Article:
A Leicestershire Police officer faces dismissal after he was allegedly filmed using “particularly unpleasant” racist language while off duty.
The officer, who is a volunteer Special Constable, is also accused of trying to have the mobile phone footage deleted when he learned it had been sent to his senior officers.
The officer, whose name has not been released, is to appear before a misconduct panel chaired by Chief Constable Simon Cole on Thursday, December 22.
The Independent Police Complaints Commission (IPCC) released details of the case today.
It said Leicestershire Police had contacted it in April this year after the force received two mobile phone clips and a complaint about the officer.
Both organisations agreed the officer had a case to answer for gross misconduct.
Mr Cole will conduct the hearing at force headquarters, Enderby.
As well as facing questions about his language in the clips, the officer will face an allegation that he breached standards of honesty and integrity by allegedly trying to have the footage deleted.
IPCC commissioner Derrick Campbell said: “The language used in these videos was particularly unpleasant and distasteful.
“I am pleased that Leicestershire Police has accepted our investigation’s conclusions that this officer has a case to answer for gross misconduct, not only in respect of the racially offensive content of the recordings, but the efforts allegedly made to get them destroyed after the matter had been reported.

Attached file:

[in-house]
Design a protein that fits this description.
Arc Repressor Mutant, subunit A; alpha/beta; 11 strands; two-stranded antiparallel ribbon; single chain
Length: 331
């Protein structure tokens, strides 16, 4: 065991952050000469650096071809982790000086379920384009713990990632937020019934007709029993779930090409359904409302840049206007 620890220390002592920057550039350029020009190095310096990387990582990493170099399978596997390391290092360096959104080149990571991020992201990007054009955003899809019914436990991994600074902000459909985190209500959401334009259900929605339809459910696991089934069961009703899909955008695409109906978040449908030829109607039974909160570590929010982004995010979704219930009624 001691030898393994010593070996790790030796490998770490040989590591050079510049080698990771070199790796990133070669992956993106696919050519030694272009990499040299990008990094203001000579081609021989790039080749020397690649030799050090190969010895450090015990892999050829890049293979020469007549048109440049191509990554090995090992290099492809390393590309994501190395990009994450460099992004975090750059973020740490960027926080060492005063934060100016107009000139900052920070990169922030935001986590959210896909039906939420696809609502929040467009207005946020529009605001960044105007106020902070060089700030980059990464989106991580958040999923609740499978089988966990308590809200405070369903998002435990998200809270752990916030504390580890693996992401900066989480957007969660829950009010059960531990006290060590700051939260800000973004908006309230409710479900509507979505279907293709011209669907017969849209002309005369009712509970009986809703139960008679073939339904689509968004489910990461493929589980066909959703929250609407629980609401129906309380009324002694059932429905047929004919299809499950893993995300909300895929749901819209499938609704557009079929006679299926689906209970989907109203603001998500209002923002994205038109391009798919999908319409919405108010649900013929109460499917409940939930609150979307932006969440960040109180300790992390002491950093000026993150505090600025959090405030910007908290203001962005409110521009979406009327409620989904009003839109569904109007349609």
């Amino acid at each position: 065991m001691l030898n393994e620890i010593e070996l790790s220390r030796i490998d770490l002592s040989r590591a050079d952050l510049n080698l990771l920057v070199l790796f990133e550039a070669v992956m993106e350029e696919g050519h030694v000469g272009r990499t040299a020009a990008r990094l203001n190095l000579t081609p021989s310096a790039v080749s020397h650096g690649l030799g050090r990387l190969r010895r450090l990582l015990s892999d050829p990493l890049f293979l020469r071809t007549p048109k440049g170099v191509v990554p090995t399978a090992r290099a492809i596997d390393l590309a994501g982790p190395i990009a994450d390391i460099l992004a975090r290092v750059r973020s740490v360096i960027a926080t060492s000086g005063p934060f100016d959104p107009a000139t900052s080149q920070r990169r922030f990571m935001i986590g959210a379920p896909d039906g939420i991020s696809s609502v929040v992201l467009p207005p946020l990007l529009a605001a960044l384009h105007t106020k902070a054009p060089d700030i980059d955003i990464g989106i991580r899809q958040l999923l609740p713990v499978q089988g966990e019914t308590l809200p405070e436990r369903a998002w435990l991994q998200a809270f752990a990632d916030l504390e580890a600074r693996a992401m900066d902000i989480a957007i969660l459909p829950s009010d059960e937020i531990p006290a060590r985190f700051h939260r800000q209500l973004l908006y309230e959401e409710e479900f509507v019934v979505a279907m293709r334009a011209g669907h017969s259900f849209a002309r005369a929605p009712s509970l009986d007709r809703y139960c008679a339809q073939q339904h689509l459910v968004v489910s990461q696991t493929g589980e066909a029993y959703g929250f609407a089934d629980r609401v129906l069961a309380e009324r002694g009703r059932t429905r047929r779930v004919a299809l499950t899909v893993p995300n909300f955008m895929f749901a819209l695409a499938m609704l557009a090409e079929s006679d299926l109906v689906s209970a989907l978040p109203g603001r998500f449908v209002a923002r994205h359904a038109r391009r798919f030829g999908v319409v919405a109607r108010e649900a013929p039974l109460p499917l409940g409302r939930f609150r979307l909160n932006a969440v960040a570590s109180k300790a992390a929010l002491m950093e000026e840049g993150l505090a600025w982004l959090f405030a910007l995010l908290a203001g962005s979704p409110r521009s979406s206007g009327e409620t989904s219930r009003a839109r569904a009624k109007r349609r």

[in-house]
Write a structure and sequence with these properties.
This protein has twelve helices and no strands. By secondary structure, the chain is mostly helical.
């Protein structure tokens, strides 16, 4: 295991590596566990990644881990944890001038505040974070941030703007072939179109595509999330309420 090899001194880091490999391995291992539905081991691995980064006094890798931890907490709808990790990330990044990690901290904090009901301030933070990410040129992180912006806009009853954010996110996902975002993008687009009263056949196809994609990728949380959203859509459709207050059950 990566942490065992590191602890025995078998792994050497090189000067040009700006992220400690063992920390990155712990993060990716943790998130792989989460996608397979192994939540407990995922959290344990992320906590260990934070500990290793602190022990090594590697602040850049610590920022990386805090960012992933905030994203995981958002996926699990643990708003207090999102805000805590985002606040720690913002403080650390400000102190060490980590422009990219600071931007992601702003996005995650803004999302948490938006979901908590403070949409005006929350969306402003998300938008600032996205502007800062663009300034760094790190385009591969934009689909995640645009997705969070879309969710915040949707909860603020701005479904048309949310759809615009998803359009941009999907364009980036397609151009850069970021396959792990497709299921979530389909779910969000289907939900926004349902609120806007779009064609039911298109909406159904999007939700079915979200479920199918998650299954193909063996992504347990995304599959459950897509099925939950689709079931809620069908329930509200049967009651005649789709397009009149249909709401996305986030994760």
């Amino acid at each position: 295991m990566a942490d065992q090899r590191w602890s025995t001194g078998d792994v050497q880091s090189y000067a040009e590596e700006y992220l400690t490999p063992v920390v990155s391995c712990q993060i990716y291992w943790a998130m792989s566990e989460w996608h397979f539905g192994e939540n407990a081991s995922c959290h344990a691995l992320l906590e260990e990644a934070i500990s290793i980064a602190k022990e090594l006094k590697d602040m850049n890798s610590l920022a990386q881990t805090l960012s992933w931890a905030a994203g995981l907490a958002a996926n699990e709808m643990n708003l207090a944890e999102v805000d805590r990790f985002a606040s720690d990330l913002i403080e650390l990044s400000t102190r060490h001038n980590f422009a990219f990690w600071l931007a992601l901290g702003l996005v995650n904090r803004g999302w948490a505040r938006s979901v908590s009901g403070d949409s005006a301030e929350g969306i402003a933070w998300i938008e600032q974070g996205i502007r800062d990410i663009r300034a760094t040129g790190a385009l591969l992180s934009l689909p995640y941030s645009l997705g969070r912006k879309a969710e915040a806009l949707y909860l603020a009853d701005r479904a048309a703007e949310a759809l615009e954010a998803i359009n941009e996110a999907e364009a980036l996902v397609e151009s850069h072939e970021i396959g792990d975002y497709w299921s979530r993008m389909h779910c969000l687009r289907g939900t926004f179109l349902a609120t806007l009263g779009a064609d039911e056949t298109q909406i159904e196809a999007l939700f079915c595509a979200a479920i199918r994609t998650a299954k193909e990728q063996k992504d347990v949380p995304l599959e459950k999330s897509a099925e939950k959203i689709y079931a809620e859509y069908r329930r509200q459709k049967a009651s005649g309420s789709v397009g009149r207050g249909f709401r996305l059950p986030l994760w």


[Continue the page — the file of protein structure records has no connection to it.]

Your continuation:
“The public has a right to expect police officers, including those serving on a voluntary basis, to uphold the highest standards of professionalism and behaviour.
“It is only right that they are held to account when there is an indication that those standards have been seriously breached.”
The hearing will not be open to the press and public, despite Home Office instructions to forces across England and Wales to ensure transparency in how forces handle disciplinary cases.
A number of Leicestershire officers have been sacked following misconduct hearings since forces began holding the sessions in public a year ago.
They include a constable who was convicted of a sex offence when he was a teenager and another who was convicted of an offence of burglary while he was on duty.
However, hearings can be held behind closed doors in some circumstances.
In this case, it is understood to be because of ongoing criminal proceedings.
The Leicester Mercury has asked Leicestershire Police for a response.